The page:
To our knowledge, no available aVHS has been designed or validated in Arabic or French.
Both of these languages are widely used in the countries included in the WHO Regional Office of the Eastern Mediterranean (EMRO) , with Arabic being the most commonly used language in EMRO and French being a commonly used language in EMRO countries such as Algeria, Tunisia, Morocco, and Djibouti. For the aVHS to be valid for these populations, the scale must undergo translation and cultural adaptation prior to validation and reliability testing. This study will adopt a rigorous methodology to translate and validate the aVHS and conduct a proper psychometric evaluation of the translated version to make the scale available to all scholars in the EMRO region and beyond. In addition, we plan to survey a representative sample of the region to assess the aVHS’ structure, internal consistency, and validity across different social and demographic settings. Therefore, this research aims to translate the aVHS from its original English language to Arabic and French and validate the translations in the WHO Eastern Mediterranean region.
The study will follow a cross-sectional design divided into 5 phases inspired by the methodology proposed in the “Guidelines for developing, translating, and validating a questionnaire in perioperative and pain medicine” . Study phases are detailed in the following sections and illustrated in .
Phase 1: Translation
The original aVHS will be forward translated to Arabic by individuals who are bilingual in Arabic and English and translated to French by individuals who are bilingual in French and English. Translators’ mother tongues are the language of translation in order to capture the target language's nuances better. Backward translation will be conducted to reveal any misunderstanding or miswording in the forward translation. A different set of bilingual individuals (Arabic and English; French and English) will conduct the back translation into their mother tongues. To avoid bias, back‑translators will not be aware of the intended purpose of the scale and will be blinded to the English version. A review of all versions of the translations and any discrepancies will be reviewed and resolved by an expert review committee of 6 to 10 members . The committee will be required to rate each item for relevance, representativeness, and technical quality on a scale of (accept—reject—modify). Expert agreement will then be measured using the Cohen kappa coefficient; a cut-off of ≥0.70 will be deemed acceptable [ ]. The translation and back-translation process will be repeated until a satisfactory agreement is reached.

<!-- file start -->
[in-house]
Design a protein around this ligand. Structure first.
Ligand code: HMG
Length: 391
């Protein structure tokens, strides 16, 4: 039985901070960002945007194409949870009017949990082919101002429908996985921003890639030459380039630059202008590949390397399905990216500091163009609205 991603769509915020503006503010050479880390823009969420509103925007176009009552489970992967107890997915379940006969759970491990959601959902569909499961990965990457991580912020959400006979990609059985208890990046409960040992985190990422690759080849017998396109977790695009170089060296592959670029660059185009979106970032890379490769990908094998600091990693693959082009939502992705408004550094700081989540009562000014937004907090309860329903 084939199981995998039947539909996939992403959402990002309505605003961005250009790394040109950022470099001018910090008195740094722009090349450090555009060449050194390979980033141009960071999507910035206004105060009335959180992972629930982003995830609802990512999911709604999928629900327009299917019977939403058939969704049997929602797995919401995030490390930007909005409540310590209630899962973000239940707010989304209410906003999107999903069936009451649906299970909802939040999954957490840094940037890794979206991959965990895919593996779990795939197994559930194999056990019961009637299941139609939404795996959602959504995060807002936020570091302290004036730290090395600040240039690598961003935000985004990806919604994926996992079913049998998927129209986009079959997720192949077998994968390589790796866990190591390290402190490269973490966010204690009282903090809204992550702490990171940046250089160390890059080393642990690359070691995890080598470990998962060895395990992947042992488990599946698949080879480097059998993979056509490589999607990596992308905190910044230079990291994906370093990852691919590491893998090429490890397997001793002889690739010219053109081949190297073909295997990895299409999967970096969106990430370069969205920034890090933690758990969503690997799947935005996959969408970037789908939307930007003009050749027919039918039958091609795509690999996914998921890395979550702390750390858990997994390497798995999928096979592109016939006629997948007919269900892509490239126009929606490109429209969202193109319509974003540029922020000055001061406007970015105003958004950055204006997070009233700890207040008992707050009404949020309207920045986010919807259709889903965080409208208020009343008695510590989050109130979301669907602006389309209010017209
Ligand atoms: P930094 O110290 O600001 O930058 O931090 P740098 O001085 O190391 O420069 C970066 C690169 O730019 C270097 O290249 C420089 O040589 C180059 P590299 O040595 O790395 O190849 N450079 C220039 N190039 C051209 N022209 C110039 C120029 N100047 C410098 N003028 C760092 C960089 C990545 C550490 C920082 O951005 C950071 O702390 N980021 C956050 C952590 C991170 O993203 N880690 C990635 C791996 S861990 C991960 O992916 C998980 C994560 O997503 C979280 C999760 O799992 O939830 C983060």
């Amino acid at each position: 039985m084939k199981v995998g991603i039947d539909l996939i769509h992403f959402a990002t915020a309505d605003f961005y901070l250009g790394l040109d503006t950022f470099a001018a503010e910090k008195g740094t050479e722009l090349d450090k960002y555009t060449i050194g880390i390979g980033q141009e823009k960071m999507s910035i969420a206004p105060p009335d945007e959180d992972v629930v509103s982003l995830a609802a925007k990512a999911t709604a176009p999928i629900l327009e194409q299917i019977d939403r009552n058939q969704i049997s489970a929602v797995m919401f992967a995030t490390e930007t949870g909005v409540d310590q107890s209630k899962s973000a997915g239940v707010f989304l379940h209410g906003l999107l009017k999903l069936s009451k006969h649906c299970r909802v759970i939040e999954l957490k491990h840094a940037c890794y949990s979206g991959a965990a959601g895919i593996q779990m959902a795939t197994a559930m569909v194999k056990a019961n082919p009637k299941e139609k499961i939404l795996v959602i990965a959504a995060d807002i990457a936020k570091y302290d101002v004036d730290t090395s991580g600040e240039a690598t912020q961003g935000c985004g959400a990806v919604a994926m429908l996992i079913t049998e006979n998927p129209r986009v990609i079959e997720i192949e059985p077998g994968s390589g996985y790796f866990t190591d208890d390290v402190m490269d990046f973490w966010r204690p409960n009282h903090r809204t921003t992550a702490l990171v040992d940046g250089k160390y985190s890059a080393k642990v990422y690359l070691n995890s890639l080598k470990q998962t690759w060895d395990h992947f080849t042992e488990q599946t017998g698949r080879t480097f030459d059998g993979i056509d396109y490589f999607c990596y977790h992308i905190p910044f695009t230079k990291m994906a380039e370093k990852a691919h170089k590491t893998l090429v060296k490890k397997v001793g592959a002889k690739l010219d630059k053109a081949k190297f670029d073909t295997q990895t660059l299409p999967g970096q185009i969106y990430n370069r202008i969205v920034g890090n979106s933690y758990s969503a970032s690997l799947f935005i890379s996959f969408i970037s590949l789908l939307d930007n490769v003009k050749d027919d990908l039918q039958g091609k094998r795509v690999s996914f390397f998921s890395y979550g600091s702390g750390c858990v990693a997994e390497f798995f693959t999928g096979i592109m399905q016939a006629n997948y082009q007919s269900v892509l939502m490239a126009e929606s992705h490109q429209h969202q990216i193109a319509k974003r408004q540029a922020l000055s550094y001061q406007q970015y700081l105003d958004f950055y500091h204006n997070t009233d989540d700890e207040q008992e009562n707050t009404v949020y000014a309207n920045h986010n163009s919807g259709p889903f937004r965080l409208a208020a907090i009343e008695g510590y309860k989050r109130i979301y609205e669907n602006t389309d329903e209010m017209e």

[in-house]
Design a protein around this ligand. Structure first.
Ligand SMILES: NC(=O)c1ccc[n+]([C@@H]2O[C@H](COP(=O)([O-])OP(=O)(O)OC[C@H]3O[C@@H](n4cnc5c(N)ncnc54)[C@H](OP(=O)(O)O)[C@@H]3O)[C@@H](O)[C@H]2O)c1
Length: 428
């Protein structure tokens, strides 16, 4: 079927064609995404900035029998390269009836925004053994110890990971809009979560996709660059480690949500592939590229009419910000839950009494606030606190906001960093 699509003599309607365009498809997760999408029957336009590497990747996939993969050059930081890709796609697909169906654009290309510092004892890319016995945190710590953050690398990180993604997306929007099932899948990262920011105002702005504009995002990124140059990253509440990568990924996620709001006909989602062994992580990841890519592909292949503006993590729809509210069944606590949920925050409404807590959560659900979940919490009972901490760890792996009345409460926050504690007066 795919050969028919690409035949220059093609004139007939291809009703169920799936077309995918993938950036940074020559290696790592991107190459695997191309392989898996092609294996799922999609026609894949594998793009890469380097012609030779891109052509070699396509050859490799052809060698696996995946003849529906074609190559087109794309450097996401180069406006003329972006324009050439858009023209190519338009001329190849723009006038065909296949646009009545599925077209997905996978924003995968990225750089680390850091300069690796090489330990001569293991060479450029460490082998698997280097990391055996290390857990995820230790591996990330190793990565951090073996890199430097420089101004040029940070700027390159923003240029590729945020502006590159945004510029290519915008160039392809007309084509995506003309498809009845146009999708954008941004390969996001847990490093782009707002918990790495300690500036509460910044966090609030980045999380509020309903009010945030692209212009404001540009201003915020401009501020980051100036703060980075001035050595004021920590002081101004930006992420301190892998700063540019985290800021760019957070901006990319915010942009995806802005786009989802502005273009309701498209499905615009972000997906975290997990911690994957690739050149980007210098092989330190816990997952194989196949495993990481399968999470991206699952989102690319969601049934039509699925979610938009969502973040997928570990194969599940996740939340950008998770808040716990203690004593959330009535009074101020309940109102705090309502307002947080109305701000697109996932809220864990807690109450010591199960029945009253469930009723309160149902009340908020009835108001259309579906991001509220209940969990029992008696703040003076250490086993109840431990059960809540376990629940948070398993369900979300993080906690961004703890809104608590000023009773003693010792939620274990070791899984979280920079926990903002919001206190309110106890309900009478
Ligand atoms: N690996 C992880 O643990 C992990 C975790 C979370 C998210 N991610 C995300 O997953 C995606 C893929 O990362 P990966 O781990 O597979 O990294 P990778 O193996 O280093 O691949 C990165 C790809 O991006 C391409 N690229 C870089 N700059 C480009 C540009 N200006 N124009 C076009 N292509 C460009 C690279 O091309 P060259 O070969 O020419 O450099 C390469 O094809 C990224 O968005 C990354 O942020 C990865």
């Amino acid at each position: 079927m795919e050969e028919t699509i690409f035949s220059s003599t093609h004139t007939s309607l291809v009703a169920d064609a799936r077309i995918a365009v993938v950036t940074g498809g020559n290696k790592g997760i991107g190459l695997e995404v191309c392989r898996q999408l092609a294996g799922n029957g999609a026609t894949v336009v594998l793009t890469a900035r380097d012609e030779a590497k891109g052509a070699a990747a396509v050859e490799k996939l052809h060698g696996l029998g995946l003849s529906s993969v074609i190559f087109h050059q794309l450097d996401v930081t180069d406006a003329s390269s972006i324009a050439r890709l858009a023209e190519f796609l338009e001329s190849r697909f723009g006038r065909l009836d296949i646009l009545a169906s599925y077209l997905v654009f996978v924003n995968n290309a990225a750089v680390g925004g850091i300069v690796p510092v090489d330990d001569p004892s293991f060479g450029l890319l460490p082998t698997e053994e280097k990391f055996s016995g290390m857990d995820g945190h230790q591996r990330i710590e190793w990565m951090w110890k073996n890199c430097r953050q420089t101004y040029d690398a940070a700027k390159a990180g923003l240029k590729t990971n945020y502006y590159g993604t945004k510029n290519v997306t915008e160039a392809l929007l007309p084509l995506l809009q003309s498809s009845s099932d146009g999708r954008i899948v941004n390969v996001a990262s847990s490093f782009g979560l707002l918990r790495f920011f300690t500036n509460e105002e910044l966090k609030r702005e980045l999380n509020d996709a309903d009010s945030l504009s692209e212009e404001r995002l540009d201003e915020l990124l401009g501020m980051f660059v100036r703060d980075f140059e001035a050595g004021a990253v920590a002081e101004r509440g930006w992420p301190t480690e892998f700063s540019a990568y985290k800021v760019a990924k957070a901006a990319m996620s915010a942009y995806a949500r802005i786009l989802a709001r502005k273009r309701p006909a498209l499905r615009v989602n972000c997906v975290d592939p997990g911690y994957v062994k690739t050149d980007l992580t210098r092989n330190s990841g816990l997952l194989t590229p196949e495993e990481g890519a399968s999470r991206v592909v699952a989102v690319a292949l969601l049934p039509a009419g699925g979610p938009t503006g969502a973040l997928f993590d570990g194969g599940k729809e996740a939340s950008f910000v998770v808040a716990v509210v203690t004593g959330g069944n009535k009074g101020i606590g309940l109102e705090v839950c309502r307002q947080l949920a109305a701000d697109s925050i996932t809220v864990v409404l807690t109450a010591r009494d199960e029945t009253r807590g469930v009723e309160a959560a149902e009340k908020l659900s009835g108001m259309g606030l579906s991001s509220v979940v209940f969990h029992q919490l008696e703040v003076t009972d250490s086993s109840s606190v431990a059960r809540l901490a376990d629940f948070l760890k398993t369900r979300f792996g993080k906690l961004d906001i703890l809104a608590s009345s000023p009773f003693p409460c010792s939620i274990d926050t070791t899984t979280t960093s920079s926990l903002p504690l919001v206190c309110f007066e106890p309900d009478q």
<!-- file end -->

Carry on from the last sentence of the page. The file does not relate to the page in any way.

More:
The data collection tools for this study will include both the English and translated versions of the aVHS ().
|Data collection tool||Preliminary pilot testing phase||Testing of prefinal version|
|A set of open‑ended questions||x||—|
aaVHS: adult vaccine hesitancy scale.
bTool will be used.
cTool will not be used.
Phase 2: Preliminary Pilot Testing
The translated aVHS will be pilot tested with 2 samples of participants: a group that speaks both Arabic and English and another that speaks French and English. Based on previous studies, at least 5 participants per scale item are required for testing [, ]. As such, our sample size will be 100, equally divided between the Arabic and French translations. A convenience sampling approach will be utilized. Participants will be approached on the Mohammed Bin Rashid University (MBRU) campus and screened for inclusion criteria. They will be asked to complete the translated scale and subsequently requested (verbally by an interviewer) to elaborate on what they thought each scale item meant. This process helps ensure that the translated items retain the same meaning as intended in the English scale and ensure there is no confusion regarding the translated scale. After participants complete this process using the translated aVHS, participants will be asked to complete the aVHS in English. Items on the original English scale will be in a different order from that of the translated version [ ]. Therefore, participants will be asked to complete the translated version first without seeing the original scale.
Phase 3: Initial Validation Phase
Responses to both the English and translated versions of the scale will then be compared. Statistical analyses will be conducted to test the reliability of the translation against the original scale. Descriptive statistics and paired t tests or 1-way analyses of variance (ANOVA) will be used to analyze the data collected. The Pearson correlation coefficient will be used in preliminary validation of translated versions against the original version of the scale. If reliability is not achieved, then phase 2 will be repeated. If the translated versions are statistically reliable, these will become the prefinal versions for phase 4.
Phase 4: Testing of the Prefinal Version
Prefinal versions (Arabic and French) will be tested with a larger sample. Generally, there is a lack of consensus on the sample size required for validity testing of a scale . A review of the research in this area found it has been recommended to use at least 10 participants per item when doing a comprehensive psychometric analysis [ , ] and that between 300 and 500 participants are required to perform an exploratory factor analysis (EFA) [ ], which will be conducted in this study. A sample size of 1000 participants was deemed “excellent” for scale validation [ , ]; therefore, our proposed sample size is 1000 Arabic speakers and 1000 French speakers. This sample size is set to avoid sampling errors that may reduce the statistical power needed to validate the scale [ ]. Data about participants, such as sociodemographic information and vaccination status, will also be collected (as detailed in ) and used for further analysis.